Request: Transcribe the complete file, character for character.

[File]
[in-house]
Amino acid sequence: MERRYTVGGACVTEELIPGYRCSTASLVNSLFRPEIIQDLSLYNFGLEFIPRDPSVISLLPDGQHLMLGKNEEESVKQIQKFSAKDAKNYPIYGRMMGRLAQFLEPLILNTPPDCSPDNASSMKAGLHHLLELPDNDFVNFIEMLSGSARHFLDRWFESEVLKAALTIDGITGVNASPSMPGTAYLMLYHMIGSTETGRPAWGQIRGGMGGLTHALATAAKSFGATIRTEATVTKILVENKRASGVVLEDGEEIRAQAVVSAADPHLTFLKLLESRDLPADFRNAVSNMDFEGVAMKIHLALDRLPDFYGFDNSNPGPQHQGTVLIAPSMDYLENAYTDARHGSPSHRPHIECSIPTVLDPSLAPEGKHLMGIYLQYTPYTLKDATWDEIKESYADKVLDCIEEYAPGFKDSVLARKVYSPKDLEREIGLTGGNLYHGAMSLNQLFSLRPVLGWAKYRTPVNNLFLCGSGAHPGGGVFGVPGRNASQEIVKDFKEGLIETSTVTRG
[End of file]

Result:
[in-house]
Amino acid sequence: MERRYTVGGACVTEELIPGYRCSTASLVNSLFRPEIIQDLSLYNFGLEFIPRDPSVISLLPDGQHLMLGKNEEESVKQIQKFSAKDAKNYPIYGRMMGRLAQFLEPLILNTPPDCSPDNASSMKAGLHHLLELPDNDFVNFIEMLSGSARHFLDRWFESEVLKAALTIDGITGVNASPSMPGTAYLMLYHMIGSTETGRPAWGQIRGGMGGLTHALATAAKSFGATIRTEATVTKILVENKRASGVVLEDGEEIRAQAVVSAADPHLTFLKLLESRDLPADFRNAVSNMDFEGVAMKIHLALDRLPDFYGFDNSNPGPQHQGTVLIAPSMDYLENAYTDARHGSPSHRPHIECSIPTVLDPSLAPEGKHLMGIYLQYTPYTLKDATWDEIKESYADKVLDCIEEYAPGFKDSVLARKVYSPKDLEREIGLTGGNLYHGAMSLNQLFSLRPVLGWAKYRTPVNNLFLCGSGAHPGGGVFGVPGRNASQEIVKDFKEGLIETSTVTRG